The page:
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Edited by Ryan Calo, A. Michael Froomkin and Ian Kerr

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Edited by Ryan Calo, A. Michael Froomkin and Ian Kerr

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Edited by Ryan Calo, A. Michael Froomkin and Ian Kerr

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Edited by Ryan Calo, A. Michael Froomkin and Ian Kerr

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Edited by Ryan Calo, A. Michael Froomkin and Ian Kerr

Robot Law brings together exemplary research on robotics law and policy – an area of scholarly inquiry responding to transformative technology. Expert scholars from law, engineering, computer science and philosophy provide original contributions on topics such as liability, warfare, domestic law enforcement, personhood, and other cutting-edge issues in robotics and artificial intelligence. Together the chapters form a field-defining look at an area of law that will only grow in importance.
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A. Michael Froomkin

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A. Michael Froomkin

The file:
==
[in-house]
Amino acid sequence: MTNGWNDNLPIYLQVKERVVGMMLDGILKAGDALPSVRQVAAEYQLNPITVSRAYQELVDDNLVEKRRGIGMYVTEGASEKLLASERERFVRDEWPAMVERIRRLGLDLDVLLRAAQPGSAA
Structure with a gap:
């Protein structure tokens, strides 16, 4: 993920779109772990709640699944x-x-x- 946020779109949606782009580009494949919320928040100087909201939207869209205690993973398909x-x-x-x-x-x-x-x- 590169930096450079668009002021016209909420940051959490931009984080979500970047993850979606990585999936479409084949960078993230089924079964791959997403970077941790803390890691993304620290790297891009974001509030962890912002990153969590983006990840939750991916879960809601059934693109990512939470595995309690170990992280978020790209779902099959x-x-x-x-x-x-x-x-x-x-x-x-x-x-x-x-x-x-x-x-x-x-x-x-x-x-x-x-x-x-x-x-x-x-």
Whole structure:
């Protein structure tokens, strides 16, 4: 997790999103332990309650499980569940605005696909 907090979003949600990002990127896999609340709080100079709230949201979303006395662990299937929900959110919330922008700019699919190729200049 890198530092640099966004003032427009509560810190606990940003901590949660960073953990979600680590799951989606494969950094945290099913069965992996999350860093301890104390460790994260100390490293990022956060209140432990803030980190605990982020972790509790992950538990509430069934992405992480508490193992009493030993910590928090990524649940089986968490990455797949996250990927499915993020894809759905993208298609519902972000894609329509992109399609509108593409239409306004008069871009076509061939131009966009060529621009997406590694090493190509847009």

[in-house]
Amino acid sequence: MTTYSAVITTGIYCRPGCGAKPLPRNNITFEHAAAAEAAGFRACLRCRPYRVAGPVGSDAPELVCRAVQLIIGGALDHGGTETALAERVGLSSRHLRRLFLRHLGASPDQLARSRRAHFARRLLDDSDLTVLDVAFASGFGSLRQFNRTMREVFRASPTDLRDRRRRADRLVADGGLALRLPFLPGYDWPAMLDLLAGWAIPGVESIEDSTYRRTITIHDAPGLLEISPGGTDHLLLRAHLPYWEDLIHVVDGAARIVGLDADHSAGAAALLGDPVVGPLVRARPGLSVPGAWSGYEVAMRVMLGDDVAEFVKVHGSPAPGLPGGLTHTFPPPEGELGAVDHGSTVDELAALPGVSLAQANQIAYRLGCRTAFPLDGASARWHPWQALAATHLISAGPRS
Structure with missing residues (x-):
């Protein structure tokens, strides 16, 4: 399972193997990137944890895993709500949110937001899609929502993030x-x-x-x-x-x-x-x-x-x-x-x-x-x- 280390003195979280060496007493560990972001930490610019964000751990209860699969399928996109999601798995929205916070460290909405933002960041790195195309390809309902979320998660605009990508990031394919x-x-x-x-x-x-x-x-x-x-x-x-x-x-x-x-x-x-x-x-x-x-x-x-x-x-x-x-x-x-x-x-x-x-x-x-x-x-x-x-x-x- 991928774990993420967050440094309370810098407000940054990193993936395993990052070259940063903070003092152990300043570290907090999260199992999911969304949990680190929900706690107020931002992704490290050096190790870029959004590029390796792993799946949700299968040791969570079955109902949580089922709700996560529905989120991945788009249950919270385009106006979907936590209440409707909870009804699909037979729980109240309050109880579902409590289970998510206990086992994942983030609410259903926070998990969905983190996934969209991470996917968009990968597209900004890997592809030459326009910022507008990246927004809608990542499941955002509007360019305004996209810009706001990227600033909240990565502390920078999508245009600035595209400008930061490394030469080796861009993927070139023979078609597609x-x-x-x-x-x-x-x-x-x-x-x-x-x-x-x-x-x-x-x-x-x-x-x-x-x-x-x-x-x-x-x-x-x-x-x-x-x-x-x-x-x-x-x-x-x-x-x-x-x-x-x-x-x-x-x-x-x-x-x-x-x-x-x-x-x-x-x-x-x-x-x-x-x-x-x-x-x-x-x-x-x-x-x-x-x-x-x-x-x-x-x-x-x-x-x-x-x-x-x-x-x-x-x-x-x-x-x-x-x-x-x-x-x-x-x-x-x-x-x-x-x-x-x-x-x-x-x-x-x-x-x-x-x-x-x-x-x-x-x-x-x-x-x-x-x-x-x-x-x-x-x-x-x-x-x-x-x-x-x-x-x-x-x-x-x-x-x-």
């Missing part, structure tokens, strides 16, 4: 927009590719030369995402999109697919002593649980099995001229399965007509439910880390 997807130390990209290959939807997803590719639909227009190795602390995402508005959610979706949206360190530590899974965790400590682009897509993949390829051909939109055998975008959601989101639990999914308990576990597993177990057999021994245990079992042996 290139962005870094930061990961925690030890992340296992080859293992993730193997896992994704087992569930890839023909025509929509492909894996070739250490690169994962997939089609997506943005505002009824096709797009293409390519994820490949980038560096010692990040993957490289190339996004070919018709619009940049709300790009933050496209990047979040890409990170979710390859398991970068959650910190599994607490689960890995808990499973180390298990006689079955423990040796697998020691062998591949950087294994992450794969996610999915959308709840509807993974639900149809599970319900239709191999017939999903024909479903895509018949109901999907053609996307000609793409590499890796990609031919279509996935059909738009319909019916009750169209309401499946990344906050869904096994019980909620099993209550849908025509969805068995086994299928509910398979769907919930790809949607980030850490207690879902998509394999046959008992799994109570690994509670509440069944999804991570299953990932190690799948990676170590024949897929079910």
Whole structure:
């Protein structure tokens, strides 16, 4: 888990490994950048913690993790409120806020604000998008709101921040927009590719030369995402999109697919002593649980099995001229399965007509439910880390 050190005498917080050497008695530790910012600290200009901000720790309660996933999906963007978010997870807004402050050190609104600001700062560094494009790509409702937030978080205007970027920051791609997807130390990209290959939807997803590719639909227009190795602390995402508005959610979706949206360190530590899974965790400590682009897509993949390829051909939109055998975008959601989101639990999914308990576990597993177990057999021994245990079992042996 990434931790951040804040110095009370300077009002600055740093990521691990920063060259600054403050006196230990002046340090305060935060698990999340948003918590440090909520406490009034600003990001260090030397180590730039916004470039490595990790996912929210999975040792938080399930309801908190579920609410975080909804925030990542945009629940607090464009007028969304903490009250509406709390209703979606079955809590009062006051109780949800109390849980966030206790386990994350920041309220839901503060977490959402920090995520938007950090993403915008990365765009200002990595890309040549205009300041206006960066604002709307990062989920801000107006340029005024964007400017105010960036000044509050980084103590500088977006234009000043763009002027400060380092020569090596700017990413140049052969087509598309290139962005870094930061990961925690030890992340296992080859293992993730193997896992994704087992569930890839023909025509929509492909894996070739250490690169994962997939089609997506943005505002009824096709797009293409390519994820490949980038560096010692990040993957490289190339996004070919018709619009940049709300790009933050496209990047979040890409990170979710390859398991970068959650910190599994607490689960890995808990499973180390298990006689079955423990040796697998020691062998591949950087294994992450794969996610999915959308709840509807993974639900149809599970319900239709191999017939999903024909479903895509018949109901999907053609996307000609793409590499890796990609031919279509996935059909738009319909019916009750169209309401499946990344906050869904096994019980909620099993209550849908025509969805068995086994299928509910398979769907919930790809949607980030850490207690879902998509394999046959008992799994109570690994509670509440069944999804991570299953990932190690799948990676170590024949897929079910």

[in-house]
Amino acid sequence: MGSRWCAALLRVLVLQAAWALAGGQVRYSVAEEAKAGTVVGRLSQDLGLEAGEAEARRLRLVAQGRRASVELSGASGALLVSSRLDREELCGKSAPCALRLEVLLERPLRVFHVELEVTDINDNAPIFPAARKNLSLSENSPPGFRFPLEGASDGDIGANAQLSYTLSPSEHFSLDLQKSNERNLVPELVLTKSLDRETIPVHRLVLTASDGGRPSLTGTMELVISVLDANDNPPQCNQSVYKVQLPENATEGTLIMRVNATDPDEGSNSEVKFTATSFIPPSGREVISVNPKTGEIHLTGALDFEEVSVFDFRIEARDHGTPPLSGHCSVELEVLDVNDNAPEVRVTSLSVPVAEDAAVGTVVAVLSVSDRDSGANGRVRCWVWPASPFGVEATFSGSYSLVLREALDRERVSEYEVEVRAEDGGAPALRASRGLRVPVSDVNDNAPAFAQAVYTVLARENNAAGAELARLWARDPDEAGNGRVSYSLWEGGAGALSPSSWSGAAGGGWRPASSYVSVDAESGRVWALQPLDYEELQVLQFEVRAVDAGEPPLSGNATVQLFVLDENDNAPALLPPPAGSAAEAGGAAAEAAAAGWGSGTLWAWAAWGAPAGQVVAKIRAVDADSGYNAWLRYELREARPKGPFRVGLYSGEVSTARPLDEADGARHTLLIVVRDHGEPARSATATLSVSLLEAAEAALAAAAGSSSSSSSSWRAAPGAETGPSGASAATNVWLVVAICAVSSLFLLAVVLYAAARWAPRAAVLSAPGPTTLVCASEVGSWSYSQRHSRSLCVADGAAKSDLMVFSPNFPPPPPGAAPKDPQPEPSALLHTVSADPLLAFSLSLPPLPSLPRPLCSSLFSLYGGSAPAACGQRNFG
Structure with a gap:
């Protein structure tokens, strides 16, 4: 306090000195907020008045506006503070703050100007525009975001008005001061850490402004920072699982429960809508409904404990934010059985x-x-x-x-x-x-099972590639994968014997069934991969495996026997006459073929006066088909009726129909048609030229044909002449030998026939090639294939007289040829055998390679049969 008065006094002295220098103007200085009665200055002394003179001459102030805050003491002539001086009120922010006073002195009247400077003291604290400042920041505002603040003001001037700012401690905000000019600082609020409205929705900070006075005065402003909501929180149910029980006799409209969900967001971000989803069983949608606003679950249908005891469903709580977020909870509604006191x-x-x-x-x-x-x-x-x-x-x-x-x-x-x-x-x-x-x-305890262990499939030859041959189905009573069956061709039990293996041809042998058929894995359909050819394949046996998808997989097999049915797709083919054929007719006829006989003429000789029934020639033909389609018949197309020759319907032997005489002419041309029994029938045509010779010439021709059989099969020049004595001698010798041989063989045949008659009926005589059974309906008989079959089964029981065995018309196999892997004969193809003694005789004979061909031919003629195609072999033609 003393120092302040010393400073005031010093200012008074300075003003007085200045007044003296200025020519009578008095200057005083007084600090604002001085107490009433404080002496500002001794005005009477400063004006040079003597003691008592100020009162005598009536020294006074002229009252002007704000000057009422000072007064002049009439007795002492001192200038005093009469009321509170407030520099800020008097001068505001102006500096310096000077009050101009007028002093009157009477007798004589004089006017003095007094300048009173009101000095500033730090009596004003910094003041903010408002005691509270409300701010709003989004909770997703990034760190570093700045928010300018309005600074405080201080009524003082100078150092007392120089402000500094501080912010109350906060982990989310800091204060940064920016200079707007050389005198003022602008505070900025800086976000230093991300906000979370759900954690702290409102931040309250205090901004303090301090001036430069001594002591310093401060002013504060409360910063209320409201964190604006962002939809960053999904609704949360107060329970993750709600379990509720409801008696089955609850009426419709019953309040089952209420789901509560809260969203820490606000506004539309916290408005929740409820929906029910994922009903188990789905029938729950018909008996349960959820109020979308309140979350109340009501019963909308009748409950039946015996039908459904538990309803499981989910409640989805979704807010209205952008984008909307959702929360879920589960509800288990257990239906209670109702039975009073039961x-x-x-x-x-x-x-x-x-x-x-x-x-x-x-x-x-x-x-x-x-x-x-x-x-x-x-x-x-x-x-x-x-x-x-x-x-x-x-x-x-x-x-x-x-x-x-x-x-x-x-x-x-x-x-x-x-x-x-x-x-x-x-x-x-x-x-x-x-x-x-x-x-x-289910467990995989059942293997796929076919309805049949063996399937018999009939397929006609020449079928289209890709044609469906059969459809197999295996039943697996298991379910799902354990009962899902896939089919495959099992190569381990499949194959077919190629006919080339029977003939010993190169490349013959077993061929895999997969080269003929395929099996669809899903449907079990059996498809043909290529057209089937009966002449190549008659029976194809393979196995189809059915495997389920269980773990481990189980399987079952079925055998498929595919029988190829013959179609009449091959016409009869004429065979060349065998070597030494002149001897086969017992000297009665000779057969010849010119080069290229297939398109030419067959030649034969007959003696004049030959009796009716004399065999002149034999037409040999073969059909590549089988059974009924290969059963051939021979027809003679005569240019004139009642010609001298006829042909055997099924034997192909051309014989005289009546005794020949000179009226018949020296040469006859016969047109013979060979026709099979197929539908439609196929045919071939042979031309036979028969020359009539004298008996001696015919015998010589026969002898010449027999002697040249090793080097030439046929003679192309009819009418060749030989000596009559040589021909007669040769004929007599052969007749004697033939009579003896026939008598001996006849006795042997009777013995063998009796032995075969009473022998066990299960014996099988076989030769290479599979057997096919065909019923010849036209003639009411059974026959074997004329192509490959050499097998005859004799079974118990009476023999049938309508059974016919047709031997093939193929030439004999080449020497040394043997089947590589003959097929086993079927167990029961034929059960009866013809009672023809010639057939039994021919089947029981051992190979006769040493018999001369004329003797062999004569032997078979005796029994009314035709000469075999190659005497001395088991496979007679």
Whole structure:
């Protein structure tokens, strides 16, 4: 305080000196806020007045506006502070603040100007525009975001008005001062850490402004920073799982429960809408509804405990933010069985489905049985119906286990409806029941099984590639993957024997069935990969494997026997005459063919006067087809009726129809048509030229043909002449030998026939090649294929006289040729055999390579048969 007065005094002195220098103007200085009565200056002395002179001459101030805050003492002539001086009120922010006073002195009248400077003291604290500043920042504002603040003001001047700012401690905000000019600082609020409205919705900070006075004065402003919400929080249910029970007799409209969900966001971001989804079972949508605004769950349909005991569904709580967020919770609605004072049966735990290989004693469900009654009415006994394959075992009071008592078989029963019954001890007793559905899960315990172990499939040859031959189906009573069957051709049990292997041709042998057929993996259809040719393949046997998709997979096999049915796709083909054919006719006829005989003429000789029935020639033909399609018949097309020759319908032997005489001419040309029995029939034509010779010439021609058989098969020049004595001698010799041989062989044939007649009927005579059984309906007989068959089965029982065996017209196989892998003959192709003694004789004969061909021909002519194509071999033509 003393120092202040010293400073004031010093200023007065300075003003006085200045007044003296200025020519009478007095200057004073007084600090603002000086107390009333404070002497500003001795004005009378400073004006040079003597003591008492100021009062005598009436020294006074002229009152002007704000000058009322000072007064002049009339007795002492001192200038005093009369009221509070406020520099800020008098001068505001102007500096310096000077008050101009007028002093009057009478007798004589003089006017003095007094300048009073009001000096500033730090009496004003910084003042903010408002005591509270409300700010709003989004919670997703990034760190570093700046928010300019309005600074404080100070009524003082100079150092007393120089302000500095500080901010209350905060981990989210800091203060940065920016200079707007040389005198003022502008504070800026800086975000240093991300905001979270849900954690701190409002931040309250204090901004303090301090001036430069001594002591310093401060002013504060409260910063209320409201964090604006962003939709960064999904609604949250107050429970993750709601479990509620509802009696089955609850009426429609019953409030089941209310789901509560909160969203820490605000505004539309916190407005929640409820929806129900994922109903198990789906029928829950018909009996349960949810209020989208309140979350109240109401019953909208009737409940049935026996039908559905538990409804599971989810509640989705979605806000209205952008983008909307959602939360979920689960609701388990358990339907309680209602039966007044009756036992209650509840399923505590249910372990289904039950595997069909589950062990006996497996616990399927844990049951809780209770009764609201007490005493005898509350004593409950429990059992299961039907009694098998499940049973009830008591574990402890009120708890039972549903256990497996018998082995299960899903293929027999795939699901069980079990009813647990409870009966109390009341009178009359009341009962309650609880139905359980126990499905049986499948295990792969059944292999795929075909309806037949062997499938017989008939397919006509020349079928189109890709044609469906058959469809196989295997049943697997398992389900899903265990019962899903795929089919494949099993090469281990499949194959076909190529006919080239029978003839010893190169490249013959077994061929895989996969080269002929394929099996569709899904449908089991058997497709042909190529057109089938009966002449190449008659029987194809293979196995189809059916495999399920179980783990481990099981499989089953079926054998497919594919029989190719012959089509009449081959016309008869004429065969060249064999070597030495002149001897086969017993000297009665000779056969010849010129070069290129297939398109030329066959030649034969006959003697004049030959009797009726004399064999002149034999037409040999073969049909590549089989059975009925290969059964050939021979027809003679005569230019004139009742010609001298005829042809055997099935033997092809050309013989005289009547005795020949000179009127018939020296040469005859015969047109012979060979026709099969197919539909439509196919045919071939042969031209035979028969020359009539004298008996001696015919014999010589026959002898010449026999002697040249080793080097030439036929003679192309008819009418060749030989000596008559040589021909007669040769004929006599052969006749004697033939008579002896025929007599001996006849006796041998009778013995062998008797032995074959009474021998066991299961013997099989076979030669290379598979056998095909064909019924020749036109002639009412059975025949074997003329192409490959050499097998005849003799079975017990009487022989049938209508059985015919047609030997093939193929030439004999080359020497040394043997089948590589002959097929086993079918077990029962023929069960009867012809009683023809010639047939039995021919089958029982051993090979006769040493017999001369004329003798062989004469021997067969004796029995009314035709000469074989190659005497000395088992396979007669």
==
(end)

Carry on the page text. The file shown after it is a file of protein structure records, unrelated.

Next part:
The US Constitution imposes limits on policy-makers that make adoption of EU-style privacy legislation protecting privacy in public difficult, and in some cases impossible. In the United States, therefore, one must devise innovative, if perhaps more limited, measures to protect privacy in public spaces. Encroachments on privacy through mass surveillance resemble the pollution crisis in that they impose an externality on the surveilled. By recasting privacy harms at least metaphorically as a form of pollution and invoking a familiar (if not uncontroversial) US regulatory solution, this proposal seeks a domesticated form of regulation with the potential to ignite a regulatory dynamic by collecting information about the privacy costs of previously unregulated activities that should, in the end, lead to significant results without running afoul of potential US constitutional limits that may constrain data retention and use policies. Counter-arguments focusing on the First Amendment right to data collection, the inadequacy of Environmental Impact Statements (EISs), and the supposed worthlessness of notice-based regimes are also addressed.